Third Nationalist Party

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The Third Nationalist Party (in Spanish: Tercer Partido Nacionalista, TRN) was a Panamanian conservative, radical nationalist political party.

The Third Nationalist Party was founded in 1959 by Aquilino Edgardo Boyd de la Guardia (a member of the old ruling families and oligarch) and Gilberto Arias Guardia [1] (son of the former President Harmodio Arias Madrid and nephew of the former President Arnulfo Arias [2] ).

In the 1950s, Aquilino Boyd was a prominent National Patriotic Coalition (CPN) leader. He served as Foreign Minister of Panama (1956–58). [3] In 1958, Aquilino Boyd left the CPN in a disagreement with then President Ernesto de la Guardia. [4] Arias supported the Ernesto de la Guardia administration in 1956-1960 and served as Minister of Finance and Treasury (1957–1958). [5]

Aquilino Boyd led the agitation against the Canal Zone [6] , and delivered the TPN to the National Liberal Party (PLN) coalition in on the basis of Roberto Francisco Chiari Remón's nationalist stance. Shortly after the 1960 election Aquilino Boyd lost control of the TPN to Gilberto Arias Guardia. [7] Boyd withdrew his faction and created the Nationalist Party (PN), which joined the PLN coalition (1964). Gilberto Arias returned the TPN to the CPN coalition for, and is supporting Juan de Arco Galindo (1964). [8] In 1968 TPN allied with the National Union (UN) and its candidate Arnulfo Arias. [9]

All political parties including the TPN were banned by Omar Torrijos after the military coup of 1968.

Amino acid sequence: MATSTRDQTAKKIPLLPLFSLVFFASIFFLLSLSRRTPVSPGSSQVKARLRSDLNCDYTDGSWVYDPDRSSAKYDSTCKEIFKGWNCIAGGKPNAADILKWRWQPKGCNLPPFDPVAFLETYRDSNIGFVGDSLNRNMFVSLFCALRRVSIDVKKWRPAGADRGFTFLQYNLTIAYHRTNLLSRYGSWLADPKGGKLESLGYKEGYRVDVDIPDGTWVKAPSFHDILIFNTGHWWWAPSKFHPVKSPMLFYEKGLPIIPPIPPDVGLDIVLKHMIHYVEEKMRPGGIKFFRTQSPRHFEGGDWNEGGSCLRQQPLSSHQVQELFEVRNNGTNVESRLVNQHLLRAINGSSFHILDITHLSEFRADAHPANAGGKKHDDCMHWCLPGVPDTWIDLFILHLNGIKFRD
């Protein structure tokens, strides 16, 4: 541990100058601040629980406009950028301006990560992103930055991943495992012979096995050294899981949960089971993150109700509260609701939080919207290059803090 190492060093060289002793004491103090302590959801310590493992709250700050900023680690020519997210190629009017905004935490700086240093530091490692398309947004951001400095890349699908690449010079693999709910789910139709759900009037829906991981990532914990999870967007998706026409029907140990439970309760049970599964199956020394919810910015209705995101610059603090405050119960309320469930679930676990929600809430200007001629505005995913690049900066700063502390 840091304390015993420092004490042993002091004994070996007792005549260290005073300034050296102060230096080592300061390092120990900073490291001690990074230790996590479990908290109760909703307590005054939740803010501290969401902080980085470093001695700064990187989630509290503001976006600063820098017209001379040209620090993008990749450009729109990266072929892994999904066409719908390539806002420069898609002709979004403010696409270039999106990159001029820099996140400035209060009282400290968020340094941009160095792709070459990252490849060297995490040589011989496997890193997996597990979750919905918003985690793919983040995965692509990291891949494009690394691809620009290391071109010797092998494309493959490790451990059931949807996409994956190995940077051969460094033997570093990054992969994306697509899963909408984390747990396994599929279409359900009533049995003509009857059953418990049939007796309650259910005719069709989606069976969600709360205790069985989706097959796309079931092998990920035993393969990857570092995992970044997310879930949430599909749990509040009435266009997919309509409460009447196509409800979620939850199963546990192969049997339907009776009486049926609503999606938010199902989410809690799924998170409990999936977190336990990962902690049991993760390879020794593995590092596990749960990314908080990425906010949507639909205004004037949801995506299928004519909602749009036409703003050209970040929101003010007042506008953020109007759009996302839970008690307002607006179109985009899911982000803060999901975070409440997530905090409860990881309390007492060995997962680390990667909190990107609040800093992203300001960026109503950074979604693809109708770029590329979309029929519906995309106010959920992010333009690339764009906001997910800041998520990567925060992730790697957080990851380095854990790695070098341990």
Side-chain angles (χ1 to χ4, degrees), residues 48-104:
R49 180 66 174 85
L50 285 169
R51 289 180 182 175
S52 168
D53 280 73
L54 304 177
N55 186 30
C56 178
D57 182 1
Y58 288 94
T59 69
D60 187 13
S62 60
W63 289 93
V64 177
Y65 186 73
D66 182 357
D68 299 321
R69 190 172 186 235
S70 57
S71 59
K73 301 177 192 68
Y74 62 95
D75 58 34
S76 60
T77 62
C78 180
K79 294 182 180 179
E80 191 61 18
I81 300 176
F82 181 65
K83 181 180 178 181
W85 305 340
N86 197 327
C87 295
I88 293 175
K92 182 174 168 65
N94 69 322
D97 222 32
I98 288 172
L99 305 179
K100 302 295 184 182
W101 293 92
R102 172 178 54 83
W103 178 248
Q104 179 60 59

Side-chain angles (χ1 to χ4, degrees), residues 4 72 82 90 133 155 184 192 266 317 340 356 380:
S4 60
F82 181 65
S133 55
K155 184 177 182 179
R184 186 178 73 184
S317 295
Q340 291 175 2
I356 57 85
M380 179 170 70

In 1981 the TPN joined the National Patriotic Coalition, National Liberation Movement and factions that had earlier split off from National Liberal Party and Republican Party to form the opposition National Liberal Republican Movement (MOLIRENA). [10] Abraham Pretto, a leader of TPN, was of the Vice-President of MOLIRENA. [11]

References[edit]

  1. ^ La Prensa (Panama), 01.07.2003
  2. ^ Labor and Politics in Panama: The Torrijos years. Westview special studies on Latin America and the Caribbean. Boulder: Westview Press, 1991. Pp.27.
  3. ^ Who's Who in Latin America: government, politics, banking, and industry. Edited by Bettina Corke. New York: Norman Ross, 1993. Vol. 3. Pp. 270.
  4. ^ Panama: election factbook, May 12, 1968. Washington: Institute for the Comparative Study of Political Systems. 1968. Pp. 19.
  5. ^ La Prensa (Panama), 15.03.2009
  6. ^ La Prensa (Panama), 01.07.2003
  7. ^ Panama: election factbook, May 12, 1968. Washington: Institute for the Comparative Study of Political Systems. 1968. Pp. 19.
  8. ^ Panama: election factbook, May 12, 1968. Washington: Institute for the Comparative Study of Political Systems. 1968. Pp. 19.
  9. ^ Elections in the Americas : a data handbook / ed. by Dieter Nohlen, Vol. 1. [Oxford] [u.a.]: Oxford Univ. Press, 2005. Pp. 533.
  10. ^ Historia del MOLIRENA
  11. ^ Tribunal Electoral